Article Text

PDF
My reflections on abortion law reform
  1. Rachel D'Souza
  1. Consultant in Sexual and Reproductive Health, Margaret Pyke Centre, London, UK
  1. Correspondence to Dr Rachel D'Souza, Margaret Pyke Centre, Mortimer Market Centre, Capper Street, off Tottenham Court Road, London WC1E 6JB, UK; rachel.d'souza@nhs.net

Statistics from Altmetric.com

Background

We all bring our personal views to our practice, as this journal's new section, ‘Person in Practice’, highlights.1 My position on abortion is challenging to hold as a consultant in sexual and reproductive health (SRH) and I have spent much time reflecting on this. The following is an edited transcript of a talk I was invited to give at a recent meeting convened by the Faculty of Sexual and Reproductive Healthcare at which abortion law reform was being considered.

Abortion law and regulation

One of the main purposes of the law is to protect the concerns and interests of the community as a whole, especially its vulnerable members. We have laws which protect newborn babies against abuse and maltreatment, and animals from being neglected or tortured in our own homes. We have laws governing the way animals are used in research. Similarly, we are concerned about the rights and interests of fetuses. The law against procuring an abortion except under the terms of the 1967 Abortion Act reflects these concerns.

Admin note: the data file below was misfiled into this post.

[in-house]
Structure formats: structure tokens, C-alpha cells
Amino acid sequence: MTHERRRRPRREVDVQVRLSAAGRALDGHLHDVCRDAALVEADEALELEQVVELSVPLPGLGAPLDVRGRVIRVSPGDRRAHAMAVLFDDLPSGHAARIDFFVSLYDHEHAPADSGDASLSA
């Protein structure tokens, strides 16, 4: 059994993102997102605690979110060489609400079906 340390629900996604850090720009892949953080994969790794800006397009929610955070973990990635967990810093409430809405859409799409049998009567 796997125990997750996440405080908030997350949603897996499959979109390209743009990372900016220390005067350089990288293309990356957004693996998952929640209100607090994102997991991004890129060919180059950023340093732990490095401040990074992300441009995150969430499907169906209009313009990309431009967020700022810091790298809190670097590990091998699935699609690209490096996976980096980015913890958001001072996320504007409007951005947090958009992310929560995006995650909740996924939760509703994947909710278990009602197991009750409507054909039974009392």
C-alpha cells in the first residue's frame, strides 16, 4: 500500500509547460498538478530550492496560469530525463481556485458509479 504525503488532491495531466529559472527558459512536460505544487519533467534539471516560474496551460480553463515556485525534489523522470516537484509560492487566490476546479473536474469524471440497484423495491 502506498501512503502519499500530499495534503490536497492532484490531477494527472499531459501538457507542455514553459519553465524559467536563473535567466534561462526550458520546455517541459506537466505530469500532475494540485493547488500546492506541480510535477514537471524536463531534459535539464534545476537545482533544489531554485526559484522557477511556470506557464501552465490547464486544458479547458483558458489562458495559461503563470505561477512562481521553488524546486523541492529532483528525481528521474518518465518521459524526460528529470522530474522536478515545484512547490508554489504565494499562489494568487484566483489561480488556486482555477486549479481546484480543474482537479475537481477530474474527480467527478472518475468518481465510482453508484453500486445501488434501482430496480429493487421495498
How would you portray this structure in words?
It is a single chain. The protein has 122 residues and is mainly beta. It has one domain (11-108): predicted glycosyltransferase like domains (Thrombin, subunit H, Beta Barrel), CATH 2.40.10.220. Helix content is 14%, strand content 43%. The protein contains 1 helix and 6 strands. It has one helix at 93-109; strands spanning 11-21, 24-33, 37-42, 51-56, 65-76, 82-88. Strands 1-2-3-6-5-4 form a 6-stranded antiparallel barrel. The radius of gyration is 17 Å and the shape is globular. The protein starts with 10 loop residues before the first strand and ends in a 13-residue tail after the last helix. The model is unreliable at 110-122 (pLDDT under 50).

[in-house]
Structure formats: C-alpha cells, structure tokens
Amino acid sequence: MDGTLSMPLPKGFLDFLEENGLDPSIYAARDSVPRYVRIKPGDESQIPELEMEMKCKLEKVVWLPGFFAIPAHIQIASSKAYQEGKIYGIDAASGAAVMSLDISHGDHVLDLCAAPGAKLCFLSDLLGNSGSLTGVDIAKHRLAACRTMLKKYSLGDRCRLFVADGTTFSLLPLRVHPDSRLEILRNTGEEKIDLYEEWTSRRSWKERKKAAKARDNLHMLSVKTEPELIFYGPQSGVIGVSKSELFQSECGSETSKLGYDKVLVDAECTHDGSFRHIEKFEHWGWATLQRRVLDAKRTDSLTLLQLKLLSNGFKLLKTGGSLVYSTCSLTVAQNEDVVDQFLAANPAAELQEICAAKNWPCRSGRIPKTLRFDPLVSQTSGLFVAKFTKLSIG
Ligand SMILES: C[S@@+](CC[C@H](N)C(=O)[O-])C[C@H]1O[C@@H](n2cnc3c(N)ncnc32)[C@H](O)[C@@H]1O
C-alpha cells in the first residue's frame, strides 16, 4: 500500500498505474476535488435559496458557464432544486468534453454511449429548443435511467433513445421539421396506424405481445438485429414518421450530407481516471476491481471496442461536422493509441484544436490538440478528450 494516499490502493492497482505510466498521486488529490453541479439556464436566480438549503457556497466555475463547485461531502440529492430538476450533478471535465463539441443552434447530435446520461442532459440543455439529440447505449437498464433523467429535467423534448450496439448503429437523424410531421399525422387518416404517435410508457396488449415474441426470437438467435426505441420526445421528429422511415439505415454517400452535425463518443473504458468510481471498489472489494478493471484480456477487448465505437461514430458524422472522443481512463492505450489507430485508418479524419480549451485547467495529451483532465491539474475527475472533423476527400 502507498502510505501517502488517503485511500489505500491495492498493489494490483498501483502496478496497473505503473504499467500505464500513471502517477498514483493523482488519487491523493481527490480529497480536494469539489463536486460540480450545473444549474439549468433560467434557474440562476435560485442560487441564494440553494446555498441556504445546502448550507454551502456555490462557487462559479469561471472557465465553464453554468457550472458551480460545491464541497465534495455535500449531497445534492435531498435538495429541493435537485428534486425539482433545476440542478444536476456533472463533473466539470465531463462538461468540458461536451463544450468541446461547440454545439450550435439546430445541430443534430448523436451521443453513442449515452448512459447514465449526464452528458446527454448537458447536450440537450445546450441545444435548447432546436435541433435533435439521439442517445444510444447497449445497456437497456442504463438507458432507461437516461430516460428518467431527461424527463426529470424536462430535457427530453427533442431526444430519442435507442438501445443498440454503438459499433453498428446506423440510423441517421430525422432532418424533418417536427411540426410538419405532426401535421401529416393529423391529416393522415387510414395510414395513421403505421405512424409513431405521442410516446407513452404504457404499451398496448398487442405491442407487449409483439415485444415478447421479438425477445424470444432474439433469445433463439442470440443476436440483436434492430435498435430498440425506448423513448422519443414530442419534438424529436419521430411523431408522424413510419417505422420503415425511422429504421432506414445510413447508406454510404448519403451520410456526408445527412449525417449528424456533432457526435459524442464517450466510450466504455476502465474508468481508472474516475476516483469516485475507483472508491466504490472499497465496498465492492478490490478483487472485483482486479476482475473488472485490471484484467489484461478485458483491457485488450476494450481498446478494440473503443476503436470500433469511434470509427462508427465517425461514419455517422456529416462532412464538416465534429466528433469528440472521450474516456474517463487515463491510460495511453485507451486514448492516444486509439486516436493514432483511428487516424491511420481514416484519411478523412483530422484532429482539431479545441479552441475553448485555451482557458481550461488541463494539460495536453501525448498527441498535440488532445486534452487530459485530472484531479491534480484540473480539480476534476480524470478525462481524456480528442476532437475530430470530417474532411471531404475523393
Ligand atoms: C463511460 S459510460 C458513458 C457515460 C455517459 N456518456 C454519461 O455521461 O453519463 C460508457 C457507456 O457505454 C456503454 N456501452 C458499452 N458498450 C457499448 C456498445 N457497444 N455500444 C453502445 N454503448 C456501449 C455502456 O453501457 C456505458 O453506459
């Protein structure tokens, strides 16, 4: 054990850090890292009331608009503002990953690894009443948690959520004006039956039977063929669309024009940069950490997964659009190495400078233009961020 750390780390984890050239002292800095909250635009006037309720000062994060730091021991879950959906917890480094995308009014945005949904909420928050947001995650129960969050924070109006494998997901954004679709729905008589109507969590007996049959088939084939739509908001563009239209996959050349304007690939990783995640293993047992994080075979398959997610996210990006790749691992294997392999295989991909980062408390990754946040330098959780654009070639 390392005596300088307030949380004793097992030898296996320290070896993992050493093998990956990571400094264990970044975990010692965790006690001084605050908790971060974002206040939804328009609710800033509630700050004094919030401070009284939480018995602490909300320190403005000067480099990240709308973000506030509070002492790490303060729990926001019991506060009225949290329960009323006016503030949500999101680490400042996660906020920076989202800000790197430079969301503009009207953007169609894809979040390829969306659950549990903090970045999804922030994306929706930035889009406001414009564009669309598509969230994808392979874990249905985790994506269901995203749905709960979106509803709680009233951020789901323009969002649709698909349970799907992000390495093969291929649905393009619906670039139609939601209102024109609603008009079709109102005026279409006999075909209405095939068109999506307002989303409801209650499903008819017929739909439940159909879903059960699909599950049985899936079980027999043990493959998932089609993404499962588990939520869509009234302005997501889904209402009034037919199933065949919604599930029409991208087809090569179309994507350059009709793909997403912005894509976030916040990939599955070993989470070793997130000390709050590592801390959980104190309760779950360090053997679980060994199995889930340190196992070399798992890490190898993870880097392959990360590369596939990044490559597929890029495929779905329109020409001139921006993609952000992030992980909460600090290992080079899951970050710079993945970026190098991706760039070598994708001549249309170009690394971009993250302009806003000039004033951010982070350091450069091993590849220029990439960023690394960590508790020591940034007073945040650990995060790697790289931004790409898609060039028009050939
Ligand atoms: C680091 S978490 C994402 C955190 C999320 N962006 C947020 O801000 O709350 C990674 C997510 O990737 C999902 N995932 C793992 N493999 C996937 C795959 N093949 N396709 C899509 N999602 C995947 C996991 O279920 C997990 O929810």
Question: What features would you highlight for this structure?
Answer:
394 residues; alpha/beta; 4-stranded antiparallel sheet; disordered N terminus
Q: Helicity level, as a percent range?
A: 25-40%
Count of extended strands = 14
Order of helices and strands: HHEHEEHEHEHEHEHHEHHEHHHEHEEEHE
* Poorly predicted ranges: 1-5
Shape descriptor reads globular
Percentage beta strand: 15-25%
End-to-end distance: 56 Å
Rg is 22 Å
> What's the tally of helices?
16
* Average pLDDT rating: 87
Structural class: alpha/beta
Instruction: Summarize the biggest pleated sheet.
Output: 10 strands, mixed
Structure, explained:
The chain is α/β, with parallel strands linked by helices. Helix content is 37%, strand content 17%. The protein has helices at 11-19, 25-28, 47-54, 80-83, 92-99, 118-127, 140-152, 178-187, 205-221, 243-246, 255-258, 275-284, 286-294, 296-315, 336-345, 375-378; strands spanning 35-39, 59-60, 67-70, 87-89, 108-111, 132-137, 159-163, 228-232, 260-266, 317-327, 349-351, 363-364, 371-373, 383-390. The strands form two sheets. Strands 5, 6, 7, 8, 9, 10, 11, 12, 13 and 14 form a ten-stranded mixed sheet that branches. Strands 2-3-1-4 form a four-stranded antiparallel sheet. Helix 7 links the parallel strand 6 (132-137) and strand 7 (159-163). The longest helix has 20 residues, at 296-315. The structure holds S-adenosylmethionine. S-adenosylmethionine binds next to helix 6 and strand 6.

We are also, as a community, concerned about the rights and interests of a woman who is pregnant but doesn't want to be, respecting her desire to abort her pregnancy, often for intensely personal and understandable reasons. It is important to acknowledge these, as well as the fact that women who choose to discontinue their pregnancy will use whatever means it takes to procure an abortion, even, if necessary, in ways that are unsafe. Surveys carried out by the Guttmacher Institute2 suggest that worldwide levels of abortion are more strongly linked to the incidence of unintended pregnancy than to the legal status of abortion, and that high abortion rates are directly correlated to high levels of unmet contraceptive need, often in countries where abortion is highly restricted.

In England, Wales and Scotland …

View Full Text

Request permissions

If you wish to reuse any or all of this article please use the link below which will take you to the Copyright Clearance Center’s RightsLink service. You will be able to get a quick price and instant permission to reuse the content in many different ways.

Linked Articles

  • Highlights from this issue
    British Medical Journal Publishing Group